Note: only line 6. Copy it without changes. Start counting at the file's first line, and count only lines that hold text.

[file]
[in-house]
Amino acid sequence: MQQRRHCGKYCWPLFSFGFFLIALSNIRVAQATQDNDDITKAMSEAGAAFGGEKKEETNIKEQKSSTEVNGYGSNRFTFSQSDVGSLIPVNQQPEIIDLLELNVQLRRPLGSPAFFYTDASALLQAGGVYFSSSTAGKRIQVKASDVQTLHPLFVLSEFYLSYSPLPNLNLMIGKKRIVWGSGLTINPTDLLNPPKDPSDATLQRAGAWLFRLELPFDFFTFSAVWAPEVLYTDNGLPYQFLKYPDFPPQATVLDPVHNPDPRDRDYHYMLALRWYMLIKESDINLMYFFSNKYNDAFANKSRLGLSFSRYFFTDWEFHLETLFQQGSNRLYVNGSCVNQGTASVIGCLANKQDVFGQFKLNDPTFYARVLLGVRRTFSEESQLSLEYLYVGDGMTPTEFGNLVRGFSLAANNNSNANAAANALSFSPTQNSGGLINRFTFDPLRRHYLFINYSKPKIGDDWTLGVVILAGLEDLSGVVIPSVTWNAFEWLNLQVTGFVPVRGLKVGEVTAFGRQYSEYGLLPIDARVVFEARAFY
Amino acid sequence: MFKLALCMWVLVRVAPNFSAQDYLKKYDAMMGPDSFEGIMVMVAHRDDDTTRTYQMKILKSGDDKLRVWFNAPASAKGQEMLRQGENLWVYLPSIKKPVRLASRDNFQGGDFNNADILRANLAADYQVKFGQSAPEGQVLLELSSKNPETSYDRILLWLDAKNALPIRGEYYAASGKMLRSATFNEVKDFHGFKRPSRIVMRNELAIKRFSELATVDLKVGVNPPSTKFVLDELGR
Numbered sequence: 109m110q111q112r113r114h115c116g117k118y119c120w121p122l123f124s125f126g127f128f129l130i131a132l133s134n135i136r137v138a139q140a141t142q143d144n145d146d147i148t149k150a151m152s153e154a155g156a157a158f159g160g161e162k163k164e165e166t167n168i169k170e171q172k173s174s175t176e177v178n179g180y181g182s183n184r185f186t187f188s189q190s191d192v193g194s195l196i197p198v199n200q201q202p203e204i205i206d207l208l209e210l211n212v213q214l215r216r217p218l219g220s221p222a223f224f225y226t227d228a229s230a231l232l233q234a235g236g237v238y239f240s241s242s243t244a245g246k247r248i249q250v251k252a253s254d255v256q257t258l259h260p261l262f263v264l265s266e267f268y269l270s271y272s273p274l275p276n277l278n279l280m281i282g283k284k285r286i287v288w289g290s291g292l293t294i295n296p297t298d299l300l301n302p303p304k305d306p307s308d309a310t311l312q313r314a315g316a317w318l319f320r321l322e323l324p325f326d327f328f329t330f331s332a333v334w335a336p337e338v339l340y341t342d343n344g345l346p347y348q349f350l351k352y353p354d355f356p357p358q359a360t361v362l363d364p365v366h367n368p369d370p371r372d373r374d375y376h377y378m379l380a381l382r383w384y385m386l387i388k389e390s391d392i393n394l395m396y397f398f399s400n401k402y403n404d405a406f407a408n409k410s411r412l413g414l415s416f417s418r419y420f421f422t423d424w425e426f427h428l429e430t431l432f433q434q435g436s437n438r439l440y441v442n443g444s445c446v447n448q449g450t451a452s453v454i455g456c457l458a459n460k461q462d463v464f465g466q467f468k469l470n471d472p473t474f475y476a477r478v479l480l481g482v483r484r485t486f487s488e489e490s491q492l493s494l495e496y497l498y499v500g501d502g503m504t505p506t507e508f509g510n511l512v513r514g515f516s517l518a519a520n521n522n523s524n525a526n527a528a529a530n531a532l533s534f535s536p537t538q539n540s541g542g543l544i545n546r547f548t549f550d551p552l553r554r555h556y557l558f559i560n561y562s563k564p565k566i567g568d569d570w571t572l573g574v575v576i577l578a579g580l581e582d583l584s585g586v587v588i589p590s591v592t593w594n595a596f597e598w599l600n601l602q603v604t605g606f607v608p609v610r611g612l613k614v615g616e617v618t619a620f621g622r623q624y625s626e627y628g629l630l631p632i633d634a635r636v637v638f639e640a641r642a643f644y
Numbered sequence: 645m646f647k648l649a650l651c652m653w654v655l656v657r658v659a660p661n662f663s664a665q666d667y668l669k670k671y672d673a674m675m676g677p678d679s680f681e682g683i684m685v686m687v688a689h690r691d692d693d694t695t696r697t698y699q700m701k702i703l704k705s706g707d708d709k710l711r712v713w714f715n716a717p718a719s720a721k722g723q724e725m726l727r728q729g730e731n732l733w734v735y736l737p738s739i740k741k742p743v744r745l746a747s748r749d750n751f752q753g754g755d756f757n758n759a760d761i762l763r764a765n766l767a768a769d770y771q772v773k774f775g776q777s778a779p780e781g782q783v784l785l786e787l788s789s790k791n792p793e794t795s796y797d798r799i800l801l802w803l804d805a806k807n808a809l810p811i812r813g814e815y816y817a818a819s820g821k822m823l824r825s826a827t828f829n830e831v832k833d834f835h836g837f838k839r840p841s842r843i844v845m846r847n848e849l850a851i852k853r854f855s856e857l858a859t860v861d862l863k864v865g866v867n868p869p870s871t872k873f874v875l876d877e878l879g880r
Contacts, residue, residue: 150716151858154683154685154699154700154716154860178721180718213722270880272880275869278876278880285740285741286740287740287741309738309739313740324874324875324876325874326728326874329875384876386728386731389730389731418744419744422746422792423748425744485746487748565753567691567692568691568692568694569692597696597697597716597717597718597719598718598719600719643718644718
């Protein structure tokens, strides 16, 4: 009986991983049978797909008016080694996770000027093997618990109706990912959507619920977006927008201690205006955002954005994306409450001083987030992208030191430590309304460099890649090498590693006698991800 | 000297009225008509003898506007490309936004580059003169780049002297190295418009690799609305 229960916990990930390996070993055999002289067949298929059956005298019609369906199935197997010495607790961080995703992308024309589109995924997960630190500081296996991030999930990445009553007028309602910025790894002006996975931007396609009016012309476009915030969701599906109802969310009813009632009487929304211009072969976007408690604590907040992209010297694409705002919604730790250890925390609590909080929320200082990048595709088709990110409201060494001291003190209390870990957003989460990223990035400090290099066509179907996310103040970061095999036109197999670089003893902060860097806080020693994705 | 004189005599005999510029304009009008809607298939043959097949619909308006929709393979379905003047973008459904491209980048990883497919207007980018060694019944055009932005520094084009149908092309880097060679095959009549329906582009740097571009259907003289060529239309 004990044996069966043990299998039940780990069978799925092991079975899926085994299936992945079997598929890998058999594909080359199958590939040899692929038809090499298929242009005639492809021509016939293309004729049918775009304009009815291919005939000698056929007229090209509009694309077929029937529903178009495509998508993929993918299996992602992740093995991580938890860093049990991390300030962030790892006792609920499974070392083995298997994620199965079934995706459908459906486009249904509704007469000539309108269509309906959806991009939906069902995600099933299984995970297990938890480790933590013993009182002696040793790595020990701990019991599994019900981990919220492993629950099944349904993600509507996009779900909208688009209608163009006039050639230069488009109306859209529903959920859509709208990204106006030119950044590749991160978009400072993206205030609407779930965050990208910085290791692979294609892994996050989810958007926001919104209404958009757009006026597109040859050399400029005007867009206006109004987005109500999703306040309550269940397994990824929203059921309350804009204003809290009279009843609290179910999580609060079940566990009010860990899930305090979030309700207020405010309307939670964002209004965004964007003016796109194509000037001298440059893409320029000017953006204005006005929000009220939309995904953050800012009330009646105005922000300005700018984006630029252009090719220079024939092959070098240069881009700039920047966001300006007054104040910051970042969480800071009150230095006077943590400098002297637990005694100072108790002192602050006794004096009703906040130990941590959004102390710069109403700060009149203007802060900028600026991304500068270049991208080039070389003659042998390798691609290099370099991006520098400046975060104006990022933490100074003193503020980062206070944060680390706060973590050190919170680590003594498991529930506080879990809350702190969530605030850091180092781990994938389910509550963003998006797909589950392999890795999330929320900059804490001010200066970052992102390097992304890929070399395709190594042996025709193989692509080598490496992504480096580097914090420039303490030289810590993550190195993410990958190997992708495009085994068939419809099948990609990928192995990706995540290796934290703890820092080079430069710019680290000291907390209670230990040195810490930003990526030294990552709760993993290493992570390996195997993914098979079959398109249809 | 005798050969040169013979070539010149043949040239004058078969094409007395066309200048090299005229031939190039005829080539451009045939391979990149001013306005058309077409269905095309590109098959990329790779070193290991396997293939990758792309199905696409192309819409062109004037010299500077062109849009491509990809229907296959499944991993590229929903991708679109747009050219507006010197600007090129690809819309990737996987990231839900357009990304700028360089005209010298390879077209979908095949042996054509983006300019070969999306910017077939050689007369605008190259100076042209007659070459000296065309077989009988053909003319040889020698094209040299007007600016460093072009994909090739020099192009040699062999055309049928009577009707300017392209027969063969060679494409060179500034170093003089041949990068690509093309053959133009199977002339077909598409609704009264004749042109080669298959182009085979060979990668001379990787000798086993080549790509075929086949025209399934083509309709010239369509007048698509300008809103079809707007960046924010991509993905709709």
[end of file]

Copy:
Contacts, residue, residue: 150716151858154683154685154699154700154716154860178721180718213722270880272880275869278876278880285740285741286740287740287741309738309739313740324874324875324876325874326728326874329875384876386728386731389730389731418744419744422746422792423748425744485746487748565753567691567692568691568692568694569692597696597697597716597717597718597719598718598719600719643718644718